When you awake you will have a drip with clear fluid running into your arm. This drip will be removed when you are able to eat and drink again. Depending on the complexity of your operation and how long it has taken you may have a catheter (tube) in your bladder to drain urine. In rare circumstances you blood level may have dropped as a result of the surgery and a blood transfusion may be needed.

Discharge home

You will usually be discharged home the day after your surgery. It is usual to be able to get back to normal activities within a week and work within 2 weeks.

Giving birth after laparoscopic myomectomy

Mr Akande will advise on what special precautions should be taken if you fall pregnant.  Generally you will be advised that you will need to give birth by caesarean section.

Video

Feedback from patient following Fibroid surgery

I have had considerable problems with a fibroid which had grown quite large over the last five years. The fibroid affected my fertility, resulting in three miscarriages. It caused me pain, discomfort and limited my physical activity due to the pressure it placed on my bladder.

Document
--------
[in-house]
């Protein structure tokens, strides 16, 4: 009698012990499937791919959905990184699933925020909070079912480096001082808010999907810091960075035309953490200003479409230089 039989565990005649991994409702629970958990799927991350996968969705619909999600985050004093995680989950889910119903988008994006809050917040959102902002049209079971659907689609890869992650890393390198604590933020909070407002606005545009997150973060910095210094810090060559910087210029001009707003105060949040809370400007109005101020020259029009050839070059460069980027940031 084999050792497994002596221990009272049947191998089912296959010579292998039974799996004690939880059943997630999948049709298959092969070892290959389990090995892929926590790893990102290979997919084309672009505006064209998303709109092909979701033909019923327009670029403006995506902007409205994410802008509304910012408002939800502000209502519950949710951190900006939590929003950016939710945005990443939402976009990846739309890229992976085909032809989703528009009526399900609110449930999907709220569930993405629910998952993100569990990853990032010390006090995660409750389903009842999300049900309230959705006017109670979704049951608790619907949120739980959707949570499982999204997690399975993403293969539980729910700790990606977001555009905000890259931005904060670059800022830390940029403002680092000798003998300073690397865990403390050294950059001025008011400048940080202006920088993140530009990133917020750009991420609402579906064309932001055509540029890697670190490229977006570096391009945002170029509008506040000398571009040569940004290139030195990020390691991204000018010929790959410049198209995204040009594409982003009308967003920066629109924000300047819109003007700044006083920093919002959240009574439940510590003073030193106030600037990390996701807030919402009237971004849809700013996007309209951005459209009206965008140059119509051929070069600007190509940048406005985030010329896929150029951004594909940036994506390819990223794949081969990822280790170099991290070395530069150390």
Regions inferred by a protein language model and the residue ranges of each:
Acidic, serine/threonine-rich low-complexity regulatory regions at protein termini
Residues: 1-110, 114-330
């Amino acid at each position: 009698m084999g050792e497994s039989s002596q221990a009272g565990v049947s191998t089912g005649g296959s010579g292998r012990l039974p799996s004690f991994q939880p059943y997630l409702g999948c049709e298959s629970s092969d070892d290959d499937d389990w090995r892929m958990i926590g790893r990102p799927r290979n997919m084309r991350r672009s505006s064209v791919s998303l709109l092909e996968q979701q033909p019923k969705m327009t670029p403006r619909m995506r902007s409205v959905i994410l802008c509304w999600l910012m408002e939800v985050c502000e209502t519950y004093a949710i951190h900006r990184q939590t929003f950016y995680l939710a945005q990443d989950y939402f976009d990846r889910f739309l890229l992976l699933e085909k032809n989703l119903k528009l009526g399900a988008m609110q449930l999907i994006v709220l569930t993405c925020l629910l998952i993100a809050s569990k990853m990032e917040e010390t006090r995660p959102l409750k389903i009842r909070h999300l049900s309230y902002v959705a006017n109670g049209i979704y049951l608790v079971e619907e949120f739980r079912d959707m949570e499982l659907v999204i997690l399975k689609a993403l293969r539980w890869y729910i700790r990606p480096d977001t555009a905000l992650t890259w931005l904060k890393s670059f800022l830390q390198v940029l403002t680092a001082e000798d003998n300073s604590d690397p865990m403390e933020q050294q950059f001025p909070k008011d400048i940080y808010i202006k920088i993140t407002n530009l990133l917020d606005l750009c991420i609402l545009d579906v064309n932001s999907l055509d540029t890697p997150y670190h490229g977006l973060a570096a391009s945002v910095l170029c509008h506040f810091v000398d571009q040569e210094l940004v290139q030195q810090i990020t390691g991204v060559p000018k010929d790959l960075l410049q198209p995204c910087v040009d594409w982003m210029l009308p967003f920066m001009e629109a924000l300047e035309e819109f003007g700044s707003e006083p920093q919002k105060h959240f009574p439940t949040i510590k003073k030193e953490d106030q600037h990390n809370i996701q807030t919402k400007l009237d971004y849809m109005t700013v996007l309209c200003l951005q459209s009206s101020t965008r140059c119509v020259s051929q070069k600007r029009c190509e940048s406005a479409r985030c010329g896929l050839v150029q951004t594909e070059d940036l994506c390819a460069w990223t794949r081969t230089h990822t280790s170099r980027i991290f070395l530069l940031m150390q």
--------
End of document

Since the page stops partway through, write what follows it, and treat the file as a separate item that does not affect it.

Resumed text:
I had seen several surgeons, prior to seeking out Mr Akande, none of which had offered me keyhole surgery. I was quite fearful of their proposed solution of three months hormonal treatment and an open myomectomy, with the accompanying side effects, risks and recovery period. I met with Mr Valentine Akande without much hope that he would propose a laparoscopic myomectomy (due to the size of my fibroid), but with a strong sense that he was a very skilled and dedicated surgeon. My confidence in him was inspired by the information I was able to find online regarding his speciality, qualifications and publications, and even a video of an operation, very similar to the one I knew I required, that he had previously conducted.